The military master defence in civvie street

March 5, 1999

Australian universities and technical colleges will receive a much-needed financial boost following a decision by the department of defence to outsource more than Aus$45 million (Pounds 18 million) of its education and training budget.

The department has some 15,000 of its military and civilian personnel in training at any one time. As part of the process of eliminating in-house education, the department has established a special Australian Defence College in Canberra that will sub-contract special courses.

Formed from the merger of the former Joint Services Staff College and the Australian College of Defence and Strategic Studies, the Australian Defence College employs 20 staff. But studies director Ross Thomas said they will form the nucleus of a far bigger institution so that by January 2001, the college will have more than 200 employees.

That will occur after three other defence institutions - the staff colleges of the army, navy and air force - are moved to the ADC campus and become part of the defence college.

"We expect that other institutions may also be grafted on," Mr Thomas said. Courses that fall into the national education framework will be outsourced.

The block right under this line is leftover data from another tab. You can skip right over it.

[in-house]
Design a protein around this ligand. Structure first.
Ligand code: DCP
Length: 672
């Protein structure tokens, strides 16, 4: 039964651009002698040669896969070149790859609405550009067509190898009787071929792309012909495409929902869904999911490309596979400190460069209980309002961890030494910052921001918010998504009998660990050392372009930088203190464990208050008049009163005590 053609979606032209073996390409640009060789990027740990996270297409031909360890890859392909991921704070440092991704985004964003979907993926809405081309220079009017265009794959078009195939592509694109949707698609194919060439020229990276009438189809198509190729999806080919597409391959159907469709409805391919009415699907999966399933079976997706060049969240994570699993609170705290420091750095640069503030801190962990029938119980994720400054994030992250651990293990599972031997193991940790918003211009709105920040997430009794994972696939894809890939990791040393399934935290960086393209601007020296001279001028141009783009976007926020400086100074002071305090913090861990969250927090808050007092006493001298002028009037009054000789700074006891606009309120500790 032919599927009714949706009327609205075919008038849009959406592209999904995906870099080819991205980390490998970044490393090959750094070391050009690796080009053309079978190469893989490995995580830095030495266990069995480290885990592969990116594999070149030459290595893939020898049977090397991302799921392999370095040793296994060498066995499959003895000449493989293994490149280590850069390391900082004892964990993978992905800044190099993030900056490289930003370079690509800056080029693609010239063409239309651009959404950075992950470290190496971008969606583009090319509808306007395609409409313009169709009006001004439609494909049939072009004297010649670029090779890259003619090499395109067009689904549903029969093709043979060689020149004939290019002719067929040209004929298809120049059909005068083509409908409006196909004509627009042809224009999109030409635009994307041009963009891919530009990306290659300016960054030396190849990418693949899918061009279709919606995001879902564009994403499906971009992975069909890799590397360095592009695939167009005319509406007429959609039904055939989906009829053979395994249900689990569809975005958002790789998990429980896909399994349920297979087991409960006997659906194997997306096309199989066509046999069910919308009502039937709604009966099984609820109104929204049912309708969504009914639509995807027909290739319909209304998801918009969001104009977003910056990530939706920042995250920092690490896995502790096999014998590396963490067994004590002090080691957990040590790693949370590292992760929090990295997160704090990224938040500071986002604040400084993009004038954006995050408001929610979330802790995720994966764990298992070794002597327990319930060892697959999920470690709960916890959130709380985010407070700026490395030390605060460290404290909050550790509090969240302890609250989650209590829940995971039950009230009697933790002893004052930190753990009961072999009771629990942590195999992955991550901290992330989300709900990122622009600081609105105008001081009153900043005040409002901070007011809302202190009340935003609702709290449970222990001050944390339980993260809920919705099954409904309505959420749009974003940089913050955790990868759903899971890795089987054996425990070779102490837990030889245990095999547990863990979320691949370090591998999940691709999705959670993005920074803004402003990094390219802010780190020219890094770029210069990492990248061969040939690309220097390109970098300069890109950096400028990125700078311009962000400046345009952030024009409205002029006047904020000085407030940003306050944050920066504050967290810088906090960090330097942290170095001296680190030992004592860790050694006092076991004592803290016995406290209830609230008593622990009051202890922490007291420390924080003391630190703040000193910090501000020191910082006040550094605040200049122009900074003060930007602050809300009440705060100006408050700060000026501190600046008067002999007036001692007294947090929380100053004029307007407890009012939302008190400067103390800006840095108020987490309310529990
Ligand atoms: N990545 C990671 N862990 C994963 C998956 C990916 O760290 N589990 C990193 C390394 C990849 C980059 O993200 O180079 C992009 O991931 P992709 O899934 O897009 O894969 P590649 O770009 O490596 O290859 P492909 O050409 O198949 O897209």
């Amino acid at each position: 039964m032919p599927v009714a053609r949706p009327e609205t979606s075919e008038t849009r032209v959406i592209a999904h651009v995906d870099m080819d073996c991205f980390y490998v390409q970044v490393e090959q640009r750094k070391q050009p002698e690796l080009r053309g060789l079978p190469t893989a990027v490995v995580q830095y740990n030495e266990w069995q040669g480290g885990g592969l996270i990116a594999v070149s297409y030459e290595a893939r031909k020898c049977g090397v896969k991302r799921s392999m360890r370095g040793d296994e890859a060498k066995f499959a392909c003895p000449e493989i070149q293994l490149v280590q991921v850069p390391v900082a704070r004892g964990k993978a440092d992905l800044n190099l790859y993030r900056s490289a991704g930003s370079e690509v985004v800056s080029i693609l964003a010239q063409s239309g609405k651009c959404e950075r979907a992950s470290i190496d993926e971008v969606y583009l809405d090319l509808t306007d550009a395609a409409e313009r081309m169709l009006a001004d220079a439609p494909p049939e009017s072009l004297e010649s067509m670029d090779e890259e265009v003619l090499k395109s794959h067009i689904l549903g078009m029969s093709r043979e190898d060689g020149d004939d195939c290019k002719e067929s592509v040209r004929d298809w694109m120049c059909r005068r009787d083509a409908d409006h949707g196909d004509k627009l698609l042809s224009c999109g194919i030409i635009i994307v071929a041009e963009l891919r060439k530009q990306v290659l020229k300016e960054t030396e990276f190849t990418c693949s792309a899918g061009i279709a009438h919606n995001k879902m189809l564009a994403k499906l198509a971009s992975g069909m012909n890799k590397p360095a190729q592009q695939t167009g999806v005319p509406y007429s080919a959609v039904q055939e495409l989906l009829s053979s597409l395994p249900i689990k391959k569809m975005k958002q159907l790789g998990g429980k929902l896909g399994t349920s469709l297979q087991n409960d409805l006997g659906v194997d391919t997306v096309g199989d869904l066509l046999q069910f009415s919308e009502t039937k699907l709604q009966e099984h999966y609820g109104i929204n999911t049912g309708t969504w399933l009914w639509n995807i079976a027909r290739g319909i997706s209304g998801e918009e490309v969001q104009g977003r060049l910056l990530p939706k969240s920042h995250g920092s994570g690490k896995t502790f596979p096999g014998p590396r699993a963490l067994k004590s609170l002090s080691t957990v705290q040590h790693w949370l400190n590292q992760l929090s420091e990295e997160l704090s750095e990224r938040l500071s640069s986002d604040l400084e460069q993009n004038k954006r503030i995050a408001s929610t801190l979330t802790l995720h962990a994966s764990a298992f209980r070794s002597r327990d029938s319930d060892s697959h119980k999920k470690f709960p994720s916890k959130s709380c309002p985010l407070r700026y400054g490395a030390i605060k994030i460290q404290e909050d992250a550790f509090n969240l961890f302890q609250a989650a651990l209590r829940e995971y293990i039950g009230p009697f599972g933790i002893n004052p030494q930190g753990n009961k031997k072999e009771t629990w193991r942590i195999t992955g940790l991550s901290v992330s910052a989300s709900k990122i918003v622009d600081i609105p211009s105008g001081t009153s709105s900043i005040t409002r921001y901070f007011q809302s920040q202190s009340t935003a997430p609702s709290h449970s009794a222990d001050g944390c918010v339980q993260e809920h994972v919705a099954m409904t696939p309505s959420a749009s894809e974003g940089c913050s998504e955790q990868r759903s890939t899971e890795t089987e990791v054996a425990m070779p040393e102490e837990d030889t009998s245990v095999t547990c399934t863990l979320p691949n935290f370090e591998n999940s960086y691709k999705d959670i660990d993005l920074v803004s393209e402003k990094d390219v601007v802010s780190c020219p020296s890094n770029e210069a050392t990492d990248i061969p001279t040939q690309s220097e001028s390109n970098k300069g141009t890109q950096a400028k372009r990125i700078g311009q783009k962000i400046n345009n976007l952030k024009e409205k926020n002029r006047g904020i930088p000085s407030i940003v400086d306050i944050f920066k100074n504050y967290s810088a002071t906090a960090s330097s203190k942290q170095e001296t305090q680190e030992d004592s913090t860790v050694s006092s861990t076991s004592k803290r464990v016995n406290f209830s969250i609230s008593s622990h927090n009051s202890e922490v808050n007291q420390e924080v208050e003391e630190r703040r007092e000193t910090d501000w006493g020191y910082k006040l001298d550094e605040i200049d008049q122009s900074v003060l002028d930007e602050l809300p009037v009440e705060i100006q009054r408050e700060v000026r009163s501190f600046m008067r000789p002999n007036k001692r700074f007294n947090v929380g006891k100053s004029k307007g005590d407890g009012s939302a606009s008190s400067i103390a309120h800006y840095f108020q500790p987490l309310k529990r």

Last month, the college signed a three-year contract with a new private offshoot of the University of Melbourne - Melbourne University Private - to provide academic services in designing, developing and delivering courses in strategic studies. It was the first big government contract for MUP and is worth Aus$2.2 million.

"Academics from MUP and from other universities as organised by that university will offer defence and strategic studies from next May to November for military and civilian personnel from both Australia and overseas," Mr Thomas said.

He said the course would be aimed at staff who were at colonel level or their equivalent and those who completed the course would gain credit towards a masters degree from the University of Melbourne. Up to 50 students would be enrolled each year, with half coming from Australia and the others from the Asia Pacific region.

Please login or register to read this article

Register to continue

Get a month's unlimited access to THE content online. Just register and complete your career summary.

Registration is free and only takes a moment. Once registered you can read a total of 3 articles each month, plus:

  • Sign up for the editor's highlights
  • Receive World University Rankings news first
  • Get job alerts, shortlist jobs and save job searches
  • Participate in reader discussions and post comments

Have your say

Log in or register to post comments